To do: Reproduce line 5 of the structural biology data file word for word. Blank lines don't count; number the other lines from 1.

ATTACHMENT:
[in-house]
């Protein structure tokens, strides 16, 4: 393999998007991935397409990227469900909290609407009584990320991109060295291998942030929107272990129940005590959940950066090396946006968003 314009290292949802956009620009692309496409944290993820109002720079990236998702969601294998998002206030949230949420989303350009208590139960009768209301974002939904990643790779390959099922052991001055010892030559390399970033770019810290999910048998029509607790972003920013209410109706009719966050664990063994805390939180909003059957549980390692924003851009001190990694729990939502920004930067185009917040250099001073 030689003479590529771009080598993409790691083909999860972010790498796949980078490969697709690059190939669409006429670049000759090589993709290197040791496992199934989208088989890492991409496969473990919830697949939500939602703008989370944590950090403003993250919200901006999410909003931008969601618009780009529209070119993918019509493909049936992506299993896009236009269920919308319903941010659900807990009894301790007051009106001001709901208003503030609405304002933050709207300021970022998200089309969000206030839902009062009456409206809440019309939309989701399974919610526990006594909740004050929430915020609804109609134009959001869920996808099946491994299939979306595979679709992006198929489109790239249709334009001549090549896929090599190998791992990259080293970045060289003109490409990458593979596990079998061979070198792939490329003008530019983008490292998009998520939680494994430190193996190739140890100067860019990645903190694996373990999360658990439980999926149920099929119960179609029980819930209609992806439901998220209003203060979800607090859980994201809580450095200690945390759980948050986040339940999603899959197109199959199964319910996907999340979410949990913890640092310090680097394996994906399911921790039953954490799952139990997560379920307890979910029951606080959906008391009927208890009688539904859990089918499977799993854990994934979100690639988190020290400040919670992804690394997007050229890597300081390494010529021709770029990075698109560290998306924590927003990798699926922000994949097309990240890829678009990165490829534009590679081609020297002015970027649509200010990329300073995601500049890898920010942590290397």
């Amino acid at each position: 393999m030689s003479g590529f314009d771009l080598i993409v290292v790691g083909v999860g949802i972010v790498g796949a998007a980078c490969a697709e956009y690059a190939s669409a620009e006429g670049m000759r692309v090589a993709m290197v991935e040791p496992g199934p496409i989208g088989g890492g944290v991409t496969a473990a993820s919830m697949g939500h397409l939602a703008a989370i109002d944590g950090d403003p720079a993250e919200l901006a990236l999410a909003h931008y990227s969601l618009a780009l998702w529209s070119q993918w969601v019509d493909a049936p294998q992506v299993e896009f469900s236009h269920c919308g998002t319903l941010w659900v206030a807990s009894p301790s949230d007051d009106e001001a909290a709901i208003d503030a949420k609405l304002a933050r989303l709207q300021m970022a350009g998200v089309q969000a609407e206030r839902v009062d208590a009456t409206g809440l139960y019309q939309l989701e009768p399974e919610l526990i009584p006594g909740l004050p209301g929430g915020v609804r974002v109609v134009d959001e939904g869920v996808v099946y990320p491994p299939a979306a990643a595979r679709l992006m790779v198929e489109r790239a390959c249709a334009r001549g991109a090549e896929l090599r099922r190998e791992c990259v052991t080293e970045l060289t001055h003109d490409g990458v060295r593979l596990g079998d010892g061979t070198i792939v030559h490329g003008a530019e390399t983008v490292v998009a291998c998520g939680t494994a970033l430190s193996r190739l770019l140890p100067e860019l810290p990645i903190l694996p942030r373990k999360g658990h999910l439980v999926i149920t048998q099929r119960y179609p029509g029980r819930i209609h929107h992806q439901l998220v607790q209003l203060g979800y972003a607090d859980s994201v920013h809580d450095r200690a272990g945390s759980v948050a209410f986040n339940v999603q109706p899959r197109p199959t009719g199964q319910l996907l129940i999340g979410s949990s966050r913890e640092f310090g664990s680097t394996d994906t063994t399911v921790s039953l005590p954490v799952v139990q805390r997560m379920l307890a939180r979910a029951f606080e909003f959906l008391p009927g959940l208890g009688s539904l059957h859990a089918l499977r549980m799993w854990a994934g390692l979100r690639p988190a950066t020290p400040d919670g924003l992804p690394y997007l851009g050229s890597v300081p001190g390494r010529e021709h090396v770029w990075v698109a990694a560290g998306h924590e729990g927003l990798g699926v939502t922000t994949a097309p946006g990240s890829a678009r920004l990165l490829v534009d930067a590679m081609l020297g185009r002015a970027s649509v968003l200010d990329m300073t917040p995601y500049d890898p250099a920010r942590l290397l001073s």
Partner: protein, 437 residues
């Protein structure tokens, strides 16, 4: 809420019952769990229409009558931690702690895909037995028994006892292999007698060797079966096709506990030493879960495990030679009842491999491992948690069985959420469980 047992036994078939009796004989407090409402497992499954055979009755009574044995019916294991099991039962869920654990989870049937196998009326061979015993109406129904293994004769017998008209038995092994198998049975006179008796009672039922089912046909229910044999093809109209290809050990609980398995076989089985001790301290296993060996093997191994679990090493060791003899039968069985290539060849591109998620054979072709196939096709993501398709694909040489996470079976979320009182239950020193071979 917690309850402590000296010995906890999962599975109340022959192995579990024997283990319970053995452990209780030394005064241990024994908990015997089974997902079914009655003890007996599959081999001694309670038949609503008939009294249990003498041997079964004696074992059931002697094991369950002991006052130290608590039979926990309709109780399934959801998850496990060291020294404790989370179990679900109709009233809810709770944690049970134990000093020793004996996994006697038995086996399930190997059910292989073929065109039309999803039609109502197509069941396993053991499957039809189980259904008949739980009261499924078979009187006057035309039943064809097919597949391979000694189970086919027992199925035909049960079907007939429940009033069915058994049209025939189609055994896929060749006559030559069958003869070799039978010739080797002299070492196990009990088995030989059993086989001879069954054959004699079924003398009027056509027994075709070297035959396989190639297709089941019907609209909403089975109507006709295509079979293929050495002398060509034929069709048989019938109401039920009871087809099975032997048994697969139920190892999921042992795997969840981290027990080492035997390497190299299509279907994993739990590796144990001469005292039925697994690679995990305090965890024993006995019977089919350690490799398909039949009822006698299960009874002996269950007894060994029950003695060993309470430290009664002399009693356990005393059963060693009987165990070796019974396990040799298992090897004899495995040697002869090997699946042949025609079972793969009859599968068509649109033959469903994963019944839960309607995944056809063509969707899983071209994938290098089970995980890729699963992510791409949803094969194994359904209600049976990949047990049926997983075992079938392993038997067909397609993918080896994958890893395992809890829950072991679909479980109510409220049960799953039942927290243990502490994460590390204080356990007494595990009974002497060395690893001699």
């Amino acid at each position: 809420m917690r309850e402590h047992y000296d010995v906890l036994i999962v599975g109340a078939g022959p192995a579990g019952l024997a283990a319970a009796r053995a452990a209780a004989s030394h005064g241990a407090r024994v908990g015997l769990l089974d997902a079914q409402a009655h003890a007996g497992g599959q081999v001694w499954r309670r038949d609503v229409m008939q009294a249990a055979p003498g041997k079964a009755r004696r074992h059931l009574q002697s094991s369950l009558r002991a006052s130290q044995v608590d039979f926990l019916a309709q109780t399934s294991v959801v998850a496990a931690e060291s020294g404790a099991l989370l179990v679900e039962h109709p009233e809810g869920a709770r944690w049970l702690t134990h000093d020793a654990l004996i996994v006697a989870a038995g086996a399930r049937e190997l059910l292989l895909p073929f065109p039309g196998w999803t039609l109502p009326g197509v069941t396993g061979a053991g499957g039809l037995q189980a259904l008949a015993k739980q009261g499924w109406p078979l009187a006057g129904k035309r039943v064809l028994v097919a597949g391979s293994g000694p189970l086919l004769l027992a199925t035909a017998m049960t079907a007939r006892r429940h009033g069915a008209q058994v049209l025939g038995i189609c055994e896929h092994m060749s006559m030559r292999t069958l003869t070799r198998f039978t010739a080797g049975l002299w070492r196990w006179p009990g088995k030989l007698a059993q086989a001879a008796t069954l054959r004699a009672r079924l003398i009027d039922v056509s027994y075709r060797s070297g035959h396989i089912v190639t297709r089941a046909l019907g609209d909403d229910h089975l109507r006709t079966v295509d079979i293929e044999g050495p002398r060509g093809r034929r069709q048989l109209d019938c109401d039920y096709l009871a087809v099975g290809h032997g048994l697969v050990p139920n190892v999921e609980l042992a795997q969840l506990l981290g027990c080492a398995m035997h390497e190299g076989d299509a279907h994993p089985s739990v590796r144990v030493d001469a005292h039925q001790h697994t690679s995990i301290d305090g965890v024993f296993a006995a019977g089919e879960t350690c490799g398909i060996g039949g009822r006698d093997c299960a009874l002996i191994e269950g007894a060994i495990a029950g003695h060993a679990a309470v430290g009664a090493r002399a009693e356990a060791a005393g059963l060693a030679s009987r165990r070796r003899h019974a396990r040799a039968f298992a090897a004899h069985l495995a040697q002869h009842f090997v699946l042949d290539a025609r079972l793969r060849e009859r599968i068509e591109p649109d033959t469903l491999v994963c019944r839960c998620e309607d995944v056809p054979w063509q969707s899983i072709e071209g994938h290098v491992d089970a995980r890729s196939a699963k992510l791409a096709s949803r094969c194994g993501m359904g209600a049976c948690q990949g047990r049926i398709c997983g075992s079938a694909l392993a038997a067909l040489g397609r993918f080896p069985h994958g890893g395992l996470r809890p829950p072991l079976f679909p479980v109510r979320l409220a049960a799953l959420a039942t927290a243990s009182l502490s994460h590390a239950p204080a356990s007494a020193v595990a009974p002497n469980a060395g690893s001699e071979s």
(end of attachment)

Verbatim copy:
């Protein structure tokens, strides 16, 4: 809420019952769990229409009558931690702690895909037995028994006892292999007698060797079966096709506990030493879960495990030679009842491999491992948690069985959420469980 047992036994078939009796004989407090409402497992499954055979009755009574044995019916294991099991039962869920654990989870049937196998009326061979015993109406129904293994004769017998008209038995092994198998049975006179008796009672039922089912046909229910044999093809109209290809050990609980398995076989089985001790301290296993060996093997191994679990090493060791003899039968069985290539060849591109998620054979072709196939096709993501398709694909040489996470079976979320009182239950020193071979 917690309850402590000296010995906890999962599975109340022959192995579990024997283990319970053995452990209780030394005064241990024994908990015997089974997902079914009655003890007996599959081999001694309670038949609503008939009294249990003498041997079964004696074992059931002697094991369950002991006052130290608590039979926990309709109780399934959801998850496990060291020294404790989370179990679900109709009233809810709770944690049970134990000093020793004996996994006697038995086996399930190997059910292989073929065109039309999803039609109502197509069941396993053991499957039809189980259904008949739980009261499924078979009187006057035309039943064809097919597949391979000694189970086919027992199925035909049960079907007939429940009033069915058994049209025939189609055994896929060749006559030559069958003869070799039978010739080797002299070492196990009990088995030989059993086989001879069954054959004699079924003398009027056509027994075709070297035959396989190639297709089941019907609209909403089975109507006709295509079979293929050495002398060509034929069709048989019938109401039920009871087809099975032997048994697969139920190892999921042992795997969840981290027990080492035997390497190299299509279907994993739990590796144990001469005292039925697994690679995990305090965890024993006995019977089919350690490799398909039949009822006698299960009874002996269950007894060994029950003695060993309470430290009664002399009693356990005393059963060693009987165990070796019974396990040799298992090897004899495995040697002869090997699946042949025609079972793969009859599968068509649109033959469903994963019944839960309607995944056809063509969707899983071209994938290098089970995980890729699963992510791409949803094969194994359904209600049976990949047990049926997983075992079938392993038997067909397609993918080896994958890893395992809890829950072991679909479980109510409220049960799953039942927290243990502490994460590390204080356990007494595990009974002497060395690893001699």